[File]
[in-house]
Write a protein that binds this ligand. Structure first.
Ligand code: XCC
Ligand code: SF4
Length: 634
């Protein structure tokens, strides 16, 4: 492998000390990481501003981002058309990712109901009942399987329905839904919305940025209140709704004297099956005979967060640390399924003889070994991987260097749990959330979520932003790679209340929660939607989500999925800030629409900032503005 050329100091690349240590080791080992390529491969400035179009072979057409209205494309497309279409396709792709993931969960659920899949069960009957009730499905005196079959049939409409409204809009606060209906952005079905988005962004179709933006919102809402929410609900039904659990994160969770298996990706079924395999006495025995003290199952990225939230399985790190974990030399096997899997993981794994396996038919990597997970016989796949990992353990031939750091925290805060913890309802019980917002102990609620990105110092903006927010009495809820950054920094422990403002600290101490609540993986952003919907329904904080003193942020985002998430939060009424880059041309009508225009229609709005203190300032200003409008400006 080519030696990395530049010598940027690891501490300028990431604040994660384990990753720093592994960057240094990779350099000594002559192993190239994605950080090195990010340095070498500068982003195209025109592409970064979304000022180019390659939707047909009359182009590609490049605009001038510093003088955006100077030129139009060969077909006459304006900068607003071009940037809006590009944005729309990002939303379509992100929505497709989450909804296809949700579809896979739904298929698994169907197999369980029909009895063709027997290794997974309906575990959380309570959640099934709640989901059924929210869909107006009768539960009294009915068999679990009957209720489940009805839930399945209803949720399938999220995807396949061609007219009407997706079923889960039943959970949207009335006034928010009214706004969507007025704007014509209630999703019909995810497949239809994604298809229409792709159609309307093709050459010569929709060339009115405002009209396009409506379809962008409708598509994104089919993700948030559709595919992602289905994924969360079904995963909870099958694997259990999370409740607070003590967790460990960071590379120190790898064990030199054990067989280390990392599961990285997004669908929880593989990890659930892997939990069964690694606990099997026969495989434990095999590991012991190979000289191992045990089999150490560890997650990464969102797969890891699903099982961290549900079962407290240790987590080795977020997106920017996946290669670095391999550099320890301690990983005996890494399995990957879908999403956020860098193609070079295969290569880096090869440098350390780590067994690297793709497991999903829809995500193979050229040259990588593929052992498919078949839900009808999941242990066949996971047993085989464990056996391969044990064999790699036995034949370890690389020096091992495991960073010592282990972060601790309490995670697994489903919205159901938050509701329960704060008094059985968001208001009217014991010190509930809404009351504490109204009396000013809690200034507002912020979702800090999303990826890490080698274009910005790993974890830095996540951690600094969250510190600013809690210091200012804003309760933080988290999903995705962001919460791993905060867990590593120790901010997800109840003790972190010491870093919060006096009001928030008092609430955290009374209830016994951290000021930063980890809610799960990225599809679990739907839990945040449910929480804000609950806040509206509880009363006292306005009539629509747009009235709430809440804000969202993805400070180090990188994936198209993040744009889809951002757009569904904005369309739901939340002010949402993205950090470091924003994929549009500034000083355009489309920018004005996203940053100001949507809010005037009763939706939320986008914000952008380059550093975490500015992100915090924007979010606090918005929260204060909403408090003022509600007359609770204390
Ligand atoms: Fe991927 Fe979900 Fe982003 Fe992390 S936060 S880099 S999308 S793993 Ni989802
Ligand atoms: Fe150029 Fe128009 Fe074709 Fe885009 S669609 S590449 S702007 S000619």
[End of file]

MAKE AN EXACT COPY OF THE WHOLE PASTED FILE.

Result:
[in-house]
Write a protein that binds this ligand. Structure first.
Ligand code: XCC
Ligand code: SF4
Length: 634
């Protein structure tokens, strides 16, 4: 492998000390990481501003981002058309990712109901009942399987329905839904919305940025209140709704004297099956005979967060640390399924003889070994991987260097749990959330979520932003790679209340929660939607989500999925800030629409900032503005 050329100091690349240590080791080992390529491969400035179009072979057409209205494309497309279409396709792709993931969960659920899949069960009957009730499905005196079959049939409409409204809009606060209906952005079905988005962004179709933006919102809402929410609900039904659990994160969770298996990706079924395999006495025995003290199952990225939230399985790190974990030399096997899997993981794994396996038919990597997970016989796949990992353990031939750091925290805060913890309802019980917002102990609620990105110092903006927010009495809820950054920094422990403002600290101490609540993986952003919907329904904080003193942020985002998430939060009424880059041309009508225009229609709005203190300032200003409008400006 080519030696990395530049010598940027690891501490300028990431604040994660384990990753720093592994960057240094990779350099000594002559192993190239994605950080090195990010340095070498500068982003195209025109592409970064979304000022180019390659939707047909009359182009590609490049605009001038510093003088955006100077030129139009060969077909006459304006900068607003071009940037809006590009944005729309990002939303379509992100929505497709989450909804296809949700579809896979739904298929698994169907197999369980029909009895063709027997290794997974309906575990959380309570959640099934709640989901059924929210869909107006009768539960009294009915068999679990009957209720489940009805839930399945209803949720399938999220995807396949061609007219009407997706079923889960039943959970949207009335006034928010009214706004969507007025704007014509209630999703019909995810497949239809994604298809229409792709159609309307093709050459010569929709060339009115405002009209396009409506379809962008409708598509994104089919993700948030559709595919992602289905994924969360079904995963909870099958694997259990999370409740607070003590967790460990960071590379120190790898064990030199054990067989280390990392599961990285997004669908929880593989990890659930892997939990069964690694606990099997026969495989434990095999590991012991190979000289191992045990089999150490560890997650990464969102797969890891699903099982961290549900079962407290240790987590080795977020997106920017996946290669670095391999550099320890301690990983005996890494399995990957879908999403956020860098193609070079295969290569880096090869440098350390780590067994690297793709497991999903829809995500193979050229040259990588593929052992498919078949839900009808999941242990066949996971047993085989464990056996391969044990064999790699036995034949370890690389020096091992495991960073010592282990972060601790309490995670697994489903919205159901938050509701329960704060008094059985968001208001009217014991010190509930809404009351504490109204009396000013809690200034507002912020979702800090999303990826890490080698274009910005790993974890830095996540951690600094969250510190600013809690210091200012804003309760933080988290999903995705962001919460791993905060867990590593120790901010997800109840003790972190010491870093919060006096009001928030008092609430955290009374209830016994951290000021930063980890809610799960990225599809679990739907839990945040449910929480804000609950806040509206509880009363006292306005009539629509747009009235709430809440804000969202993805400070180090990188994936198209993040744009889809951002757009569904904005369309739901939340002010949402993205950090470091924003994929549009500034000083355009489309920018004005996203940053100001949507809010005037009763939706939320986008914000952008380059550093975490500015992100915090924007979010606090918005929260204060909403408090003022509600007359609770204390
Ligand atoms: Fe991927 Fe979900 Fe982003 Fe992390 S936060 S880099 S999308 S793993 Ni989802
Ligand atoms: Fe150029 Fe128009 Fe074709 Fe885009 S669609 S590449 S702007 S000619």